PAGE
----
Monday, November 28, 2011

Advent and Some Songs

We've entered into one of my most favorite times of year. It's not because of corny Christmas music (though I confess that I enjoy much of it), and it's certainly not because of the cold and gray and darkness in se. I love, love, LOVE the season of Advent. We just had a reflection on this tonight, and I've thought about it many times before.

Firstly, I love Advent simply because of the continuity the new liturgical year holds with the old: the Church does a lovely job of switching from talk of the End Times and the eschaton into the time of preparation both for remembering Christ's Incarnation and for His Second coming. It works so well that we remember those who have died with All Saints' and All Souls' Days in November and discuss the End Times in each Sunday's readings. December seems almost a second time to reflect on those words and ponder and work to put them into action in our own lives. To ponder mortality, our poverty of finitude, and reflect on how clearly we are NOT God both in November and as we begin a new liturgical year is fitting during a time of cold, darkness, and possible isolation. The mood that winter sets, that quasi-seasonal affective disorder (or real for those who truly suffer from it), allows us to reflect on the knowledge of our own deaths. They may come soon, they may not, but they truly will come. There is no way to escape it. I find that the thought can almost be paralyzing, but it's a moment of honesty. Death will come. We will be put face to face with Jesus. We will (perhaps the more terrifying aspect of it all) come face to face with ourselves, how we truly are: both what lies in our hearts and what our actions tell of us; both our intentions and how our actions are interpreted by others.
Perhaps this is why I have issue with some songs sung at Mass, e.g. "Send Down the Fire of Your Justice." I guess I just have issue with that line, as it's sung in such a joyful way. There's so much more to Christ's Majesty than everybody celebrating in love and going to heaven. There's the painful realization of what has gone on in our lives, how far we are from perfect, and justice is the last thing I want to be raining down at the moment. To understand a little more how I feel, try googling the image of "national shrine upper church mosaic" to get a look at a jacked, Arian Jesus who's got a blazing look in his eyes that you KNOW will make any feeble excuse wilt and/or melt away. That look would only let the absolute and piercing truth remain, which is beautiful, don't get me wrong, but it's intimidating to say the least. I don't think it's theologically WRONG to sing those lines with that tone. But how many people actually reflect on what the words mean, reflect on the mystery, and then come to sing it with a trust that with justice will also be mercy? To sing that song without having some pause is either to be trite and glib or perfectly trusting in God. It's like what the Beavers say about somebody looking Aslan in the eye without trembling in The Lion, the Witch, and the Wardrobe.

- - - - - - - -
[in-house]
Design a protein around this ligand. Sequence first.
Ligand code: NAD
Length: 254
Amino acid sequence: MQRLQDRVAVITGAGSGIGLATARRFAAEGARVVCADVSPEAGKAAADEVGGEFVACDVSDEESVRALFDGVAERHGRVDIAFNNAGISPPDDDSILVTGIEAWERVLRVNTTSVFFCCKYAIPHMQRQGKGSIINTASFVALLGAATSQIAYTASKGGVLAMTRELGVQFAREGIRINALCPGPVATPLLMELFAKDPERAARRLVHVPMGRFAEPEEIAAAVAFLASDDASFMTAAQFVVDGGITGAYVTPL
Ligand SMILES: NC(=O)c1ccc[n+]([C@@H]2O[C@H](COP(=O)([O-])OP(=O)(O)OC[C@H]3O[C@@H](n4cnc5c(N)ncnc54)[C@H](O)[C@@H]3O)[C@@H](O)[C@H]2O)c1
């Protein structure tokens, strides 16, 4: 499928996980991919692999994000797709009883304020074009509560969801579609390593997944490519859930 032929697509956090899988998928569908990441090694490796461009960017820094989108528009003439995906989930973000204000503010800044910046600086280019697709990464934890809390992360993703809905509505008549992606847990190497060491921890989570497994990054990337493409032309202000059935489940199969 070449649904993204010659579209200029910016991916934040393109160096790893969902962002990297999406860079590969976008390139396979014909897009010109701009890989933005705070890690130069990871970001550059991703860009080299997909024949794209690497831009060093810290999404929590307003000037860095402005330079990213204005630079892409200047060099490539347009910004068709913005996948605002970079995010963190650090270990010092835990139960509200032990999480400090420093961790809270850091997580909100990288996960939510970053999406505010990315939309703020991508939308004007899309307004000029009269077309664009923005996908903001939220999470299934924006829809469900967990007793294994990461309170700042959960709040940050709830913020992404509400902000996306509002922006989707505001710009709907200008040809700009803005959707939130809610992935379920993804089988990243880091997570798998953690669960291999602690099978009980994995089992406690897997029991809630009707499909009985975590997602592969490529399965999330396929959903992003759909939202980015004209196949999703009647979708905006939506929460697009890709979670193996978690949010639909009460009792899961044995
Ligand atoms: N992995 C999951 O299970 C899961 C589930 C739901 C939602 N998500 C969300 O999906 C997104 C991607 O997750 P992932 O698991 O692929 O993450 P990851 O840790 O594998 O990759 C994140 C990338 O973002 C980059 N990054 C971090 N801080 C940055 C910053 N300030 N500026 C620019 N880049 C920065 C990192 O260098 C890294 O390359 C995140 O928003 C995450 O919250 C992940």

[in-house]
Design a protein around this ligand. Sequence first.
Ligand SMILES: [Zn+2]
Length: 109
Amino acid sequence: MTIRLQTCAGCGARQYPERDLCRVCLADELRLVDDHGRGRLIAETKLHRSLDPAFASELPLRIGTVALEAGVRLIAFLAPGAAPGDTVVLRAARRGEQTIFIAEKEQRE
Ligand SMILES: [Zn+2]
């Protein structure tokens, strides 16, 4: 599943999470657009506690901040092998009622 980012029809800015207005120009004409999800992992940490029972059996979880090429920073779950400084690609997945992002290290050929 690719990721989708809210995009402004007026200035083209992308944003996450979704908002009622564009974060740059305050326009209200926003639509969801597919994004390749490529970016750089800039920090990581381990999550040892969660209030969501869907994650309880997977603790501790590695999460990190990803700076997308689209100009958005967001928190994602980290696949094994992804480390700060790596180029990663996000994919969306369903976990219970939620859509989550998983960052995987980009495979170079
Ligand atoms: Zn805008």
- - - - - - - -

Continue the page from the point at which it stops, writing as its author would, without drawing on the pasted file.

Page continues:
Getting off of that tangent, I love Advent because of the time of year in which it falls (both liturgically and temporally) and I love it because it addresses a fundamental characteristic of being Christian. Christ brought God to the world, but the world persists in evil. We still await the coming of the Lord in glory. We still have to face our own demons. We still have to face our death. Advent is a time to reflect on that, like I said. It's a time to ponder in fear and trembling our frailty and dependence on God. We depend on God because of that frailty, but it's not a grudging dependence on a distant or cold God, nor is it a dependence whose hope disappoints. We hope and wait for God, trusting God, having that final unity with God be a guide to help us as stable footing through an uncertain present. This is why I love the song "My Soul In Stillness Waits." Advent is a time of realizing that we are in process, on a journey, still becoming. It's not always easy or wonderful or lighthearted, but it's fruitful and life-giving and allows us to delve deeper into faith. Of course, once again, the words of that title should give us pause. How still do we let our souls be? As light and cheery as the "Holiday Season" (which soon will start around Easter and envelop Halloween) can make us during a cold/depressing/stressful time of year, how much of it is genuine joy and how much is an attempt to flee from reality? It doesn't mean we should all be killjoys and somber and solemn in this time (see below), but it does mean that examination of where our happiness, hopes, cheer, etc. stems is due.
Thirdly, there's an exhilaration that comes with Advent as we prepare for Christmas. For those a little too focused on the justice of Jesus and are tempted to go legalistic, pharisaic, pelagian, jansenist, etc., we have to remember that climax of the time of waiting: Christ, the Word made Flesh, God's only-begotten Son, entered the world as a helpless babe, was laid in a manger, and was human. The wisdom of years has looked at this self-disclosure of God, this demonstration of self-emptying, and seen from that moment (well, from the conception of Christ, but especially in the birth) the amazing love God has, even for those who would kill the Son of God. That's why I love the song "People Look East": there is a sense of awe and joy that we must have, one of wonderment and rejoicing, that the Word became flesh and dwelled among us. Make yourself ready, don't despair, for love is on the way.